Have you ever spoke with your child about potential risks in using internet and ICT.
Base: Total targeted population

As for the specific topics of the communication on the Internet risks between parents and children age
8 to 17, all the key, potentially risky Internet topics and situations seem to be relatively well covered
(Figure 16). However, here also certain reserve and caution are necessary when making the final
conclusions, due to the fact that we have parents statements only, so such uniform distribution of
responses may hide the already described phenomenon of socially preferred responses.

36

Figure 16. Specific communication on the Internet risks and threats;


Base: the children who have Internet access (94%)
94.4

Not exposing/sharing personal data with unknown people (address, phone number etc.)

93.3

Not entering into communication with unknown people (accepting friendship request
Not participating in any kind of harassment, bullying or cyberbullying of others

91.4

Not sharing sensitive private content with group/groups (photos, videos, private

91.3

Not sharing private data or content regarding other people with others or groups

89.7
87.8

Suggested ways to behave towards other people on the internet

83.4

Explained why some websites are good or bad

83

Suggested ways to use the internet safely

82.5

Not visiting websites with explicit pornographic or sexual content

81

Helped him/her when s/he found something difficult to do or find on the internet

79.1

In general, talked to him/her about what s/he would does if something on the internet

75.5

Not visiting websites with explicit age restriction


Helped him/her in the past when something has bothered him/her on the internet

58.3

Have you ever introduced your child with rules of communication on internet, social networks or internet? To which of them you have introduced your child?
Baza: Deca koja imaju pristup internetu (94%)

An additional indication in the analysis of this group of information is the distribution of negative
responses in specific parent population categories (Figure 17). Namely, these data reveal the relatively
limited communication between parents and children 8 and 9 years old in regard to safe Internet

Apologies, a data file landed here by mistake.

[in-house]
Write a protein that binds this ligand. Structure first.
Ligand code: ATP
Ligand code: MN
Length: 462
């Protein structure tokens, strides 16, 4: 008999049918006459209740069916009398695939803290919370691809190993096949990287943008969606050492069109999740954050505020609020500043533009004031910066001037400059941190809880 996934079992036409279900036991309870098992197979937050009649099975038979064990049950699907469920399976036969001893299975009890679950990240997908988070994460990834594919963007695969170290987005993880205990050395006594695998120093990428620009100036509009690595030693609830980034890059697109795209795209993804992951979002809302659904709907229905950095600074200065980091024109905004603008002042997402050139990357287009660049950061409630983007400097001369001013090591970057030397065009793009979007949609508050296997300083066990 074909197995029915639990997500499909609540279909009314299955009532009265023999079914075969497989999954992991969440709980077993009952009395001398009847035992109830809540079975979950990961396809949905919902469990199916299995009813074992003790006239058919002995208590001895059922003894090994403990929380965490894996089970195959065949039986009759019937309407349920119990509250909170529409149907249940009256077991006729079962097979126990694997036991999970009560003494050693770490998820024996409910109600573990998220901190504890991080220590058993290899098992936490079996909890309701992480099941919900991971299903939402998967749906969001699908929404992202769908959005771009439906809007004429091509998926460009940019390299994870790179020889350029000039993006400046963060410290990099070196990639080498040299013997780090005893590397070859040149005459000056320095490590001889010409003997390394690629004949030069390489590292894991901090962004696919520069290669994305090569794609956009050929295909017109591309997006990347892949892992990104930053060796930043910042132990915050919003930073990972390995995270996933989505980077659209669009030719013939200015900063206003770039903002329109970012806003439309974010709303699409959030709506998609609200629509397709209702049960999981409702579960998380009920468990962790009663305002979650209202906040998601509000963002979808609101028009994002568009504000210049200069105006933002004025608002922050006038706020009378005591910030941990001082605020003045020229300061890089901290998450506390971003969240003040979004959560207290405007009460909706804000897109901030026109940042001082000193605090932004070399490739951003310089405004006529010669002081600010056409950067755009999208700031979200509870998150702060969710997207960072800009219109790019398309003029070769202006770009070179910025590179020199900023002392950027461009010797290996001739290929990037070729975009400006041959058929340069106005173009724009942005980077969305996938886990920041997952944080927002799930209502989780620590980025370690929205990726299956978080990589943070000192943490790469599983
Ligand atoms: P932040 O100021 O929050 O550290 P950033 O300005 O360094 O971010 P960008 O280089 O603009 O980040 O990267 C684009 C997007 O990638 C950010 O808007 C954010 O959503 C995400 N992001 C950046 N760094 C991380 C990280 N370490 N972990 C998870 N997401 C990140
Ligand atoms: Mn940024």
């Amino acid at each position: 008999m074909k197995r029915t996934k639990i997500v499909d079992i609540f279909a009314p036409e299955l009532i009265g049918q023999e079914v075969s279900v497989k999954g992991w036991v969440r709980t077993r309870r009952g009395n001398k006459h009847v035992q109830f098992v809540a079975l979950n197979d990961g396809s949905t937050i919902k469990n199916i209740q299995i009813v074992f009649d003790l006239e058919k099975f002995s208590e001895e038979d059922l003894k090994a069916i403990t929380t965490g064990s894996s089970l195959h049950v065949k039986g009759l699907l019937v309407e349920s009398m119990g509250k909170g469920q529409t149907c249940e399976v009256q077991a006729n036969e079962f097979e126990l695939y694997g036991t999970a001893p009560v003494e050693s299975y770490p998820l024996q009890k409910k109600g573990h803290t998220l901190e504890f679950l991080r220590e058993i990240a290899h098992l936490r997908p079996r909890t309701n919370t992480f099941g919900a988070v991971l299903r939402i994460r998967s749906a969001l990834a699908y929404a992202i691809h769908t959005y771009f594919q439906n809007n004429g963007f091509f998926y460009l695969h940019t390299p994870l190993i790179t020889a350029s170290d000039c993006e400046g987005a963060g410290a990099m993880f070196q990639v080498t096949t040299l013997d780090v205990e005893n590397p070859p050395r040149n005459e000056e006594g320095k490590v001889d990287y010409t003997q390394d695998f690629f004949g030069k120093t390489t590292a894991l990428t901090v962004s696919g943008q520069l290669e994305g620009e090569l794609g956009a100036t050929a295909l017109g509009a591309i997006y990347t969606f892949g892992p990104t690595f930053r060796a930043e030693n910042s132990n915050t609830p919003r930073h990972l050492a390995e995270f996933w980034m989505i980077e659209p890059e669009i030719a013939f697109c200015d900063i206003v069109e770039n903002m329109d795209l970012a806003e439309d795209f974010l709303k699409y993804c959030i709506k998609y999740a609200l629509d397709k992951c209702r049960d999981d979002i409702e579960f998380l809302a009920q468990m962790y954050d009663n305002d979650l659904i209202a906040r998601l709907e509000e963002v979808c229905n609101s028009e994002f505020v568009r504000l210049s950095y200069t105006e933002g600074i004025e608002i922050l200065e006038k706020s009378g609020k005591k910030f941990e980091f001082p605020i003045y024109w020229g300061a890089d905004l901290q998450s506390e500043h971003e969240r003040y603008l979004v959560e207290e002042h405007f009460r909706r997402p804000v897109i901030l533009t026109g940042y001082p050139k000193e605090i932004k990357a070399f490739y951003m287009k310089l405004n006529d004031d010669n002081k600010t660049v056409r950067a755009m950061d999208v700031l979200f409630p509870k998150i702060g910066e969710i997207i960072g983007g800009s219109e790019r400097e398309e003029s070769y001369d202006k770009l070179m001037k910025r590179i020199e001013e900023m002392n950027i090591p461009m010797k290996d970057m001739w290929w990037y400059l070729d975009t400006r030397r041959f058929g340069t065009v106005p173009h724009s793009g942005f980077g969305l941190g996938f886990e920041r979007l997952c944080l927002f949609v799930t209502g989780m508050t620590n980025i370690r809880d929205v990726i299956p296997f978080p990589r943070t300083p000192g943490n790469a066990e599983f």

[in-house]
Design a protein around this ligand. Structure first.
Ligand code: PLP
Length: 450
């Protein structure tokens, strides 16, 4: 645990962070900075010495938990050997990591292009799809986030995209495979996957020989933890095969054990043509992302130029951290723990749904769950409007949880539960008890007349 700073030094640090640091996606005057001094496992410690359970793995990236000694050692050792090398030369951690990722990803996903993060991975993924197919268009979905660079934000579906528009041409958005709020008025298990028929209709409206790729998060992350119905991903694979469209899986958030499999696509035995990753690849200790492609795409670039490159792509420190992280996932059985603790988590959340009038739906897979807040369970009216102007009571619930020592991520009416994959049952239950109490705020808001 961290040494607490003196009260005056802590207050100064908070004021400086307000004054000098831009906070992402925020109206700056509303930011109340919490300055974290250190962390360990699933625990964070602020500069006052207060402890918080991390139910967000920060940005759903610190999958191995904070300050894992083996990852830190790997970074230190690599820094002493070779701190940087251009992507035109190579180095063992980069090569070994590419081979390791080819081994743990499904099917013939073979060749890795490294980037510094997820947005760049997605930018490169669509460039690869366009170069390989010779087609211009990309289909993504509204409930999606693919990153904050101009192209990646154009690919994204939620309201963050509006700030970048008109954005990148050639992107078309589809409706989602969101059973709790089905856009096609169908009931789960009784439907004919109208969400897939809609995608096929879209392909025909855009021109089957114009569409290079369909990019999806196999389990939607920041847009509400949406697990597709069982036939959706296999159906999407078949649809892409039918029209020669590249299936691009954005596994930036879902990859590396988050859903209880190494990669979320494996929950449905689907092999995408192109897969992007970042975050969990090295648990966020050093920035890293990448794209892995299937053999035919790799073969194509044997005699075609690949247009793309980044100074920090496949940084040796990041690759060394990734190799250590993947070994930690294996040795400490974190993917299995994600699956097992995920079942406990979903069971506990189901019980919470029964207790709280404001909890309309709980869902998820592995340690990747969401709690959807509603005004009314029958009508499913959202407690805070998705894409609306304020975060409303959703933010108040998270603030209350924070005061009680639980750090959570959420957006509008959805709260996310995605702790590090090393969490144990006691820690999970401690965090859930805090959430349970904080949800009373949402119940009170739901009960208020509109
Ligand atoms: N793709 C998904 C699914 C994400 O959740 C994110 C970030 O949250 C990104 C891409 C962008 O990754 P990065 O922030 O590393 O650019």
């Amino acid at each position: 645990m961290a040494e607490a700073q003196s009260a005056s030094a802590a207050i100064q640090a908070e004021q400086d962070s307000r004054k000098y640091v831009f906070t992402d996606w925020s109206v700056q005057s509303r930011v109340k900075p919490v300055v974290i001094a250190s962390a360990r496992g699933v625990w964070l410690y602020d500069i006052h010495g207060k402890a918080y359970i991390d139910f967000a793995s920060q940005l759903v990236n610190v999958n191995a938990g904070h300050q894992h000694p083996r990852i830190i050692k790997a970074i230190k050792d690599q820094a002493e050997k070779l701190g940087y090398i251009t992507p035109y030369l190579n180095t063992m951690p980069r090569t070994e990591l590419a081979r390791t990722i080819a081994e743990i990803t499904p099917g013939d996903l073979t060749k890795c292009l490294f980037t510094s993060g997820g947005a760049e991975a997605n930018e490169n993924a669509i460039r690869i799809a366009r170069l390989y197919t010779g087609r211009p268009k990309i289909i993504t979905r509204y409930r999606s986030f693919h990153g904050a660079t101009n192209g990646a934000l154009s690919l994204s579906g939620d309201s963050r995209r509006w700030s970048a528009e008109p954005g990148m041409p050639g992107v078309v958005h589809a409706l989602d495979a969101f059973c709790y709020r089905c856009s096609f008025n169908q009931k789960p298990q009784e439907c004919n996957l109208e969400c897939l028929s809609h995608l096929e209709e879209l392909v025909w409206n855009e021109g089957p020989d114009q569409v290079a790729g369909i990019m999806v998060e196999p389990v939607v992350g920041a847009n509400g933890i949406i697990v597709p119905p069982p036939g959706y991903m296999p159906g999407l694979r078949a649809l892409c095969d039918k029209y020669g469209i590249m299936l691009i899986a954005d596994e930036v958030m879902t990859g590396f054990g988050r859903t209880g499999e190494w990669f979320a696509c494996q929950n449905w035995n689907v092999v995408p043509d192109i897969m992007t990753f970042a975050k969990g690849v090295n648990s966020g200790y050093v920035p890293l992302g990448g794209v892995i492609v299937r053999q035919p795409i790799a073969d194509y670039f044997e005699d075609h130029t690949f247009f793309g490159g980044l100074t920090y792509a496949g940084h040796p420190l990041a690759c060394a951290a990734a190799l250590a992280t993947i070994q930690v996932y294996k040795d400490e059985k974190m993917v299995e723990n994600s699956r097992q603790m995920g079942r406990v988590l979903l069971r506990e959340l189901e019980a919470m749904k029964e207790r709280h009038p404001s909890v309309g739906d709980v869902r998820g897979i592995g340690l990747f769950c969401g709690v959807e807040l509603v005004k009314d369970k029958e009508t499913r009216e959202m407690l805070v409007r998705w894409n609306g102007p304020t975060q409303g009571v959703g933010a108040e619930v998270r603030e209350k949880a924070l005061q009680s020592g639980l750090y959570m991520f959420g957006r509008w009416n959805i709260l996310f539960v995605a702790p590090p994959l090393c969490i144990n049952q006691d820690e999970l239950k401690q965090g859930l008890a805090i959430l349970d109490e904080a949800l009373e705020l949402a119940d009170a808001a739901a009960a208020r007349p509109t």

usage, which may imply that these parents believe that their children are still not in a situation to be
faced with this kind of risk, or that they are still cognitively unable to receive such information.
On the other hand, the parents with lower education clearly have somewhat more restricted
communication about Internet risks and unsafe forms of Internet behaviour, which is, probably, the
consequence of their poorer Internet literacy and competence.
Figure 17. Specific communication on Internet risks and threats;
Base: the children who have Internet access (94%)

8 - 9.

10 - 11.

12 - 13.

14 - 15

16 - 17

Osnovno i nie

Srednje

Via/Visoka
kola

Helped him/her in the past when something has bothered him/her on the internet
Not visiting websites with explicit age restriction
In general, talked to him/her about what s/he would does if something on the internet ever bothered
Helped him/her when s/he found something difficult to do or find on the internet
Not visiting websites with explicit pornographic or sexual content
Suggested ways to use the internet safely
Explained why some websites are good or bad
Suggested ways to behave towards other people on the internet
Not sharing private data or content regarding other people with others or groups (photos, videos)
Not sharing sensitive private content with group/groups (photos, videos, private correspondence)
Not participating in any kind of harassment, bullying or cyberbullying of others
Not entering into communication with unknown people (accepting friendship request or contact)
Not exposing/sharing personal data with unknown people (address, phone number etc.)

Obrazovanje

Total

Starost deteta

41.7